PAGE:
Ecopetrol SA may sell as much as 1 trillion pesos ($542.9 million) of bonds in the Colombian market as early as the week of November 22, according to Correval SA.
Ecopetrol, based in Bogota, may offer to sell inflation– linked, DTF interbank rate-linked or fixed-rate peso debt maturing in between three and 30 years, Laura Ramirez, a member of the sales group at Correval who is involved in managing Ecopetrol’s debt sale, said in a phone interview. Correval and Valores Bancolombia SA are the lead underwriters, she said.
“Ecopetrol has all the authorizations — the only thing pending is for the company to set an exact date,” Ramirez said. Ecopetrol is considering offering the securities in either the week of Nov. 22 or Nov. 29, she said. Ecopetrol declined to comment on the bond sale plans, according to a company official who asked not to be identified citing company policy.
The state oil company is tapping the local debt market for the first time since 1998 to help fund record investment amid rising oil demand in China, Chief Executive Officer Javier Gutierrez said in an interview last month. The company is also taking advantage of record-low interest rates in Colombia and increased liquidity to issue debt at a low cost, according to Francisco Chaves, a fixed-income analyst at brokerage Corredores Asociados in Bogota.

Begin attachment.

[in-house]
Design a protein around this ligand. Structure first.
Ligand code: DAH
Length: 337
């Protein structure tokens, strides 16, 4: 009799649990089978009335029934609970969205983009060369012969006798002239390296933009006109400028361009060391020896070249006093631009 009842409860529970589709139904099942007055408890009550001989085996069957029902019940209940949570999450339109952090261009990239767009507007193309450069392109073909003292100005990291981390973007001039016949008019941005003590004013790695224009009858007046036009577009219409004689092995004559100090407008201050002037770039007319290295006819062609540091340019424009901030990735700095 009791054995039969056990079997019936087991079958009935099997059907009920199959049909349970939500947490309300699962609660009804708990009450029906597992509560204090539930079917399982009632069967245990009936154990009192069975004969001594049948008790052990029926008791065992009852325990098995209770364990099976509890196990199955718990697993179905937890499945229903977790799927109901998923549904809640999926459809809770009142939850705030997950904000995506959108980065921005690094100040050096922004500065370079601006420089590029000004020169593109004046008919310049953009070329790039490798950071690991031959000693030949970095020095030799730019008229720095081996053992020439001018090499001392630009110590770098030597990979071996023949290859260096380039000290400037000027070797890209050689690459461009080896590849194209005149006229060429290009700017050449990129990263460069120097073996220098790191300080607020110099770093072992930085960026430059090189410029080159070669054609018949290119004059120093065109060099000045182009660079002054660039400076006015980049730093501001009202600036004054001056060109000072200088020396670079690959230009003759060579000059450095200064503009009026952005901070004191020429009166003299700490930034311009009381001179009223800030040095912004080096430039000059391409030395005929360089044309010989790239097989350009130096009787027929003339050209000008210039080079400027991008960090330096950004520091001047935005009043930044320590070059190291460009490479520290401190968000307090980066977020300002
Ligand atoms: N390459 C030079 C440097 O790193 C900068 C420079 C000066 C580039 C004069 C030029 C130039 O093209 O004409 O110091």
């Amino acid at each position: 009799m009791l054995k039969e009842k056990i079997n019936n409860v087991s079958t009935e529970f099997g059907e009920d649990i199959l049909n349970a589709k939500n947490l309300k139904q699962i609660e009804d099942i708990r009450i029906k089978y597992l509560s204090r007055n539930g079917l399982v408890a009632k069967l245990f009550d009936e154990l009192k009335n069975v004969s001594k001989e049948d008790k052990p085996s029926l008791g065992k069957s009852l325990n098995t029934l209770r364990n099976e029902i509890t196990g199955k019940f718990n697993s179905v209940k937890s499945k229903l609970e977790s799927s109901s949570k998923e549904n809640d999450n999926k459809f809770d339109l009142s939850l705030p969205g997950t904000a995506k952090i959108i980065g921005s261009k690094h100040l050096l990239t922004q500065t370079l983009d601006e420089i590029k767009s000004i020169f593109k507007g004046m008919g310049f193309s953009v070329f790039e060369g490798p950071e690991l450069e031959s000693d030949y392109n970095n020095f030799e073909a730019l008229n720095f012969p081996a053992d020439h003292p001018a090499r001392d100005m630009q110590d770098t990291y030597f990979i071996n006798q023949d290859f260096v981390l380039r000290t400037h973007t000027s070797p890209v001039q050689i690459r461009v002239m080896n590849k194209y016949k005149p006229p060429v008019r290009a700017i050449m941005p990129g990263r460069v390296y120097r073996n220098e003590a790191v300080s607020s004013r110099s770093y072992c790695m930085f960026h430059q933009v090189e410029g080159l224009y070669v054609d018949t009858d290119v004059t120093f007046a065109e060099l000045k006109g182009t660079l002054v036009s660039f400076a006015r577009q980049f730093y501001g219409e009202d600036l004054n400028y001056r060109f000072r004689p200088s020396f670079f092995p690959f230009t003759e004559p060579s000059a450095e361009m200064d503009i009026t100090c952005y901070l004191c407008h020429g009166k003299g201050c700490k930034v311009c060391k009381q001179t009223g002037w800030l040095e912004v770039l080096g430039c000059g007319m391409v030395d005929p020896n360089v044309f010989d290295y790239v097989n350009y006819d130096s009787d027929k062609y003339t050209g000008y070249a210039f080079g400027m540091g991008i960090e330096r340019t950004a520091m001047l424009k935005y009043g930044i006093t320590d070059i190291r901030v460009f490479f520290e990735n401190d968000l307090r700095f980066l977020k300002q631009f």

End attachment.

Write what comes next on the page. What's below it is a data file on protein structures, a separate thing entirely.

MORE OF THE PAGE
“Not only can Ecopetrol sell bonds at historically low rates, but the local market is probably willing to buy bonds at longer maturities than if it issues the debt abroad,” said Chaves. Corredores Asociados is also helping manage the Ecopetrol sale, he said.
Grupo de Inversiones Suramericana SA last year sold Colombia’s first 40-year corporate peso bonds.
Ecopetrol plans to invest more than $80 billion through 2020 to finance exploration projects in Colombia and expansion in neighboring Peru and Brazil, Gutierrez has said. The company’s planned 2011 investments are set to top this year’s record $6.9 billion in spending, according to Gutierrez.
Colombia’s central bank lowered the overnight lending rate in April to a record low 3 percent to buoy growth in South America’s fourth-largest economy.